UK grants Pfizer, BioNTech historic first OK for mRNA vaccine, expects millions of doses by year end
Pfizer and BioNTech have scored a historic OK for their Covid-19 vaccine in the UK, where the first doses are expected to be delivered within days.
Days after the British government authorized its Medicines & Healthcare Products Regulatory Agency to make a call independent of the European Union — from which it’s in the process of exiting — the regulators gave the green light for emergency use of BNT162b2.
It marks the first time an mRNA vaccine has been sanctioned for widespread distribution.
While Russia and China have each started administering homegrown vaccines, they all lack the late-stage data that Pfizer and Moderna have offered to prove their shot works: In a 44,000-person trial, investigators recorded 170 cases of Covid-19, of which only 8 were in the vaccine group. That translated to a 95% efficacy for the 2-dose regimen, bolstered by positive safety results with 2 months of median follow-up.
“We believe that the roll-out of the vaccination program in the U.K. will reduce the number of people in the high-risk population being hospitalized,” BioNTech CEO and co-founder Ugur Sahin said in a statement, adding:”The data submitted to regulatory agencies around the world are the result of a scientifically rigorous and highly ethical research and development program.”
FDA and EMA decisions are expected later in December. The US agency likely won’t have a final verdict before Dec 10, when an advisory committee is convening to discuss the emergency use authorization.
European regulators and lawmakers apparently aren’t impressed with the speed, criticizing the move as “hasty.” In a statement to Reuters, the EMA said it has a more appropriate procedure that is longer because it takes more evidence into account and involves more checks. It expects to decide by Dec 29.
But the MHRA stood by its process, and BioNTech execs said the UK agency had asked questions to the same level of detail as their international counterpars. Having first teamed up on the unprecedented development effort, Pfizer and BioNTech started a rolling submission at the MHRA in late October, later than they went to the EMA.
In a statement, they emphasized that observed efficacy in adults age 65 or over — a key, vulnerable group that will also likely be prioritized for vaccination — is more than 94%. UK regulators also reviewed chemistry, manufacturing and control data before giving out the OK.
In a statement, Pfizer CEO Albert Bourla applauded the MHRA “for their ability to conduct a careful assessment and take timely action to help protect the people of the U.K.”
The next challenge will be getting the vaccines to hospitals and clinics efficiently. Experts and analysts have expressed concerns about rolling out a vaccine that requires storage at -70 degrees Celsius (-94 Fahrenheit), but Pfizer and BioNTech say they have invested in the infrastructure, from freezer boxes to charter flights, to get them where they need to be.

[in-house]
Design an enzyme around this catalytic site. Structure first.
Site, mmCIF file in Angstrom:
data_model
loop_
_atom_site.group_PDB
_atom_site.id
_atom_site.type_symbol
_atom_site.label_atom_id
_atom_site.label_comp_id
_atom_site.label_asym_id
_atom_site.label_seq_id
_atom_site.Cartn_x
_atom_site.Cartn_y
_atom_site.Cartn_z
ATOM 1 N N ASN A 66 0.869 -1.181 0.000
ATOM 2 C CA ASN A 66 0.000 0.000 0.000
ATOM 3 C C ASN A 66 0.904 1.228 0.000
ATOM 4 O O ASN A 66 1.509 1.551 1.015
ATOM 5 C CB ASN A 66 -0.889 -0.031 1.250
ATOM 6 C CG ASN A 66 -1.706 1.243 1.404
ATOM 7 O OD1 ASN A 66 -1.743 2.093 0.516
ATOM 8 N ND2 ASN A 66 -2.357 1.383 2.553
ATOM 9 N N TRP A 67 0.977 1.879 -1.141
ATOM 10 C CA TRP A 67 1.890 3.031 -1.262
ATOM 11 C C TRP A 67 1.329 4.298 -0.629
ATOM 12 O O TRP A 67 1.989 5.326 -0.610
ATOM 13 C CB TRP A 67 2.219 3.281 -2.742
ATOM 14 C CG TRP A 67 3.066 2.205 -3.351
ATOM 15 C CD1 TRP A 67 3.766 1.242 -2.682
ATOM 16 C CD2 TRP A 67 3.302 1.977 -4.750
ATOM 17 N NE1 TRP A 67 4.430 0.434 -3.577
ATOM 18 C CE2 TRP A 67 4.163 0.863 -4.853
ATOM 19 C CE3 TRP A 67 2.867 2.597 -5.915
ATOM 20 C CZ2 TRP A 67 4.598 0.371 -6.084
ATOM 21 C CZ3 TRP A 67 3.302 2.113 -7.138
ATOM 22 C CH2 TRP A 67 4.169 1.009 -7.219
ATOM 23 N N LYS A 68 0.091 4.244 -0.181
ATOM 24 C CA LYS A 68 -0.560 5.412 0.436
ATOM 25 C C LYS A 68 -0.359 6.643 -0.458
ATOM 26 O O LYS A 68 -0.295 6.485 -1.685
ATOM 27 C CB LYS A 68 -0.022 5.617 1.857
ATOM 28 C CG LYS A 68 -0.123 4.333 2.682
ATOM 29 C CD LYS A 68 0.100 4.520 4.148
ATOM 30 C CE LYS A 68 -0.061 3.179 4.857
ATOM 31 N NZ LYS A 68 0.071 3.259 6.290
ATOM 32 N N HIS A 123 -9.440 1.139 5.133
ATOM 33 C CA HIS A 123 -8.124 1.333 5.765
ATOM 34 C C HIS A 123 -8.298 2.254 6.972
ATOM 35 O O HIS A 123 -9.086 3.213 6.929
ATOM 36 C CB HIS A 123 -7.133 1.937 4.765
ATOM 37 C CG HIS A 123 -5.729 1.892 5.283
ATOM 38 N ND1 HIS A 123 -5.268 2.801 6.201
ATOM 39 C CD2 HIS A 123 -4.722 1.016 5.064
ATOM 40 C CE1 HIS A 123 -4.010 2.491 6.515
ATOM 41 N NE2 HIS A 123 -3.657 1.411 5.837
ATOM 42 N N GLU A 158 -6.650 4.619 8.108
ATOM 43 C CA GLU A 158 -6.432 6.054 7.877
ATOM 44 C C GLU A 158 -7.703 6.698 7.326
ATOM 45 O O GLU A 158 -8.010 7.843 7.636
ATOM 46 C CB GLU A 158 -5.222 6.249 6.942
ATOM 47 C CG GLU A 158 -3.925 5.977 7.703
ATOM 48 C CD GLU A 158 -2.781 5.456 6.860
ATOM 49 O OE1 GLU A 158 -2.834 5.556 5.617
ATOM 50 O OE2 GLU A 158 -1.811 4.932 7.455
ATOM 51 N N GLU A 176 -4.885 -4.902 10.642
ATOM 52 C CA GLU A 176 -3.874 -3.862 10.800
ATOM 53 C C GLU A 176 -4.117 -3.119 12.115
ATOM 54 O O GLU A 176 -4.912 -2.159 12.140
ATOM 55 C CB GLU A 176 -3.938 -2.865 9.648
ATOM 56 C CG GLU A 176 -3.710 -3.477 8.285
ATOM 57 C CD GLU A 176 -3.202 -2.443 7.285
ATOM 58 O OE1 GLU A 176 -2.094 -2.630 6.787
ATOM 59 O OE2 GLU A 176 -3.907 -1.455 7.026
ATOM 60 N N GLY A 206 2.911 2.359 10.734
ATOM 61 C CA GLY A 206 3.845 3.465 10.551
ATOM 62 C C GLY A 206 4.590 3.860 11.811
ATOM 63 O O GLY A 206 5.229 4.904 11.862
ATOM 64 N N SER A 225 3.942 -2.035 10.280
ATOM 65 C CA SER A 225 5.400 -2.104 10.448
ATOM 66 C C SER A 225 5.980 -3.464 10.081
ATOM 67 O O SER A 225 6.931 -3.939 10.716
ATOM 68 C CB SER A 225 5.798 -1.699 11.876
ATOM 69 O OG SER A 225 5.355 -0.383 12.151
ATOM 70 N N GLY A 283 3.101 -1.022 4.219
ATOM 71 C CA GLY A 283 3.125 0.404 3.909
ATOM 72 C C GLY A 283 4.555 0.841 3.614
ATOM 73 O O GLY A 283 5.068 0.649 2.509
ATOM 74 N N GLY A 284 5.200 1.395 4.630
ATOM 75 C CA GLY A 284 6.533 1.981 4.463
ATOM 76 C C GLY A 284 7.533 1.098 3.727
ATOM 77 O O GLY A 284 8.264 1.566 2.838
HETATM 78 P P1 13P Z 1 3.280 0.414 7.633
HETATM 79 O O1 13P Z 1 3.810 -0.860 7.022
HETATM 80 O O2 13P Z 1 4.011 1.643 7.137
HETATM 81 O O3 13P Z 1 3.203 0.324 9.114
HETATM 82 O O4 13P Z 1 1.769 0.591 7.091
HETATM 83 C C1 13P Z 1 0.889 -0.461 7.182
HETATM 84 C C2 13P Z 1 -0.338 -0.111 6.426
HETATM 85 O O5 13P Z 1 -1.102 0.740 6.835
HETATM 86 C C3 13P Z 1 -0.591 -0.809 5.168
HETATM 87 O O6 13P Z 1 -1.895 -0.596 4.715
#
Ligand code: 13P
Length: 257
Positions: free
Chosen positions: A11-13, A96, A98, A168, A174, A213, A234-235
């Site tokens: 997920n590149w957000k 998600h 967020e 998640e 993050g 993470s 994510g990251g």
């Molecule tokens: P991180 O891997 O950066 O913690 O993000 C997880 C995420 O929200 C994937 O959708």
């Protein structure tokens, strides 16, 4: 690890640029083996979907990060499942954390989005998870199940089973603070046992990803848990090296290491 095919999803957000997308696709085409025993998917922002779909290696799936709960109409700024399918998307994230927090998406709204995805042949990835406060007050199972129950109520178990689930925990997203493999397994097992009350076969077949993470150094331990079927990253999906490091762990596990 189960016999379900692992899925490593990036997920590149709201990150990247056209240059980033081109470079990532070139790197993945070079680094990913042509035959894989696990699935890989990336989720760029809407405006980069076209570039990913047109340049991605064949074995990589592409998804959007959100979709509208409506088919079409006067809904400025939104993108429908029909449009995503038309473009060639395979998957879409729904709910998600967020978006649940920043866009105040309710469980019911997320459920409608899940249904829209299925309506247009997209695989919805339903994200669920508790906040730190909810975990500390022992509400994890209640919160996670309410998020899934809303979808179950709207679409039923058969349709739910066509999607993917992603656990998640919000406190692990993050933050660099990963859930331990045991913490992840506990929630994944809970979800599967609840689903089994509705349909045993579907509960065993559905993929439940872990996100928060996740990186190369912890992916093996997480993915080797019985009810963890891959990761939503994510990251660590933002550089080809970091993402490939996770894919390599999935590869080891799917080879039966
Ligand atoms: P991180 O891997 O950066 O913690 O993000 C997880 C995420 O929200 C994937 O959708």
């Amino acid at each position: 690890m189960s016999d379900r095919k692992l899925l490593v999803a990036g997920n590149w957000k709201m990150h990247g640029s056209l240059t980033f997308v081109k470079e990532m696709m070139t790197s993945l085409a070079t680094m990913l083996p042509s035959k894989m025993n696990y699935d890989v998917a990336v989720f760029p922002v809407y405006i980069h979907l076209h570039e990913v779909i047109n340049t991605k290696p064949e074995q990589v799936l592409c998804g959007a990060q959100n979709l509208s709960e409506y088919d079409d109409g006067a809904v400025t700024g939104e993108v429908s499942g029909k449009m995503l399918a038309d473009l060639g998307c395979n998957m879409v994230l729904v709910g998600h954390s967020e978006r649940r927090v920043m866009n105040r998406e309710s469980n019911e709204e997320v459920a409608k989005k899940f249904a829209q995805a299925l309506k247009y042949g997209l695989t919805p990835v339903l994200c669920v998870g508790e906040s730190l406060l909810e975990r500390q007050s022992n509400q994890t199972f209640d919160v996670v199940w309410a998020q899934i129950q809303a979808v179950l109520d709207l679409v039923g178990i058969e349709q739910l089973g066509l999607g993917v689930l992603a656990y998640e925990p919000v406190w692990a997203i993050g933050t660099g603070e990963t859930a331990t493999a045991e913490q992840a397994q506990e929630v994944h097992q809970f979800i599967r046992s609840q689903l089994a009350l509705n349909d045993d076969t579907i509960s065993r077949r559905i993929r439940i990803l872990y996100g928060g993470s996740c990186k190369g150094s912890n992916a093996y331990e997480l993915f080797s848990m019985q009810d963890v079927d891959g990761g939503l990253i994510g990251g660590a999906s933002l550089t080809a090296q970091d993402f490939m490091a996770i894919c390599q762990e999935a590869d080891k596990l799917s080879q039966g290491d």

Each vial, BioNTech COO Sean Marett added in a press conference, contains 5 doses that need to be diluted with saline solution at the point of administration. Transport studies they have conducted with Pfizer suggested that the vaccine can retain stability in transport at 2-8 degrees Celsius for up to 6 hours, for delivery from vaccination hubs to satellite sites such as care homes.
When asked why their shot requires tougher cold chain conditions than Moderna’s, Sahin noted that stability studies are still ongoing and they’re expecting more data in January or February that might support updating the requirements.
“So there should be no big differences between the different messenger RNA vaccines, but the data needs to be generated,” he said. “We have just to understand that our candidate was selected end of July for this clinical trial — we had multiple candidates and we wanted to identify the best candidate — So the stability studies for this candidate started significantly later than the data that were already available for other candidates.”
With a supply deal already in place for 40 million doses, the UK authorization opens the door to phased delivery throughout 2020 and 2021. The companies say the first doses should arrive from Pfizer’s facility in Belgium within a few days, whether by lorry or plane. Health Secretary Matt Hancock said on BBC Radio 4 that he expects “a matter of millions of doses for the whole of the UK by the end of the year.”
Based on a prioritization guidance prepared by the Joint Committee on Vaccination and Immunisation, the 66 million-plus UK residents should receive the vaccine in the following order:
- older adults’ resident in a care home and care home workers
- all those 80 years of age and over and health and social care worker
- all those 75 years of age and overall those 70 years of age and over
- all those 65 years of age and overhigh-risk adults under 65 years of age
- moderate-risk adults under 65 years of age
- all those 60 years of age and over
- all those 55 years of age and over
- all those 50 years of age and over
- rest of the population (priority to be determined)
So how does it feel to have the first vaccine emergency approval backed by Phase III data?
“Actually I don’t think we’ve had time to think about it because we’re too busy packing vials for shipping to the UK with our colleagues at Pfizer,” Marett said.
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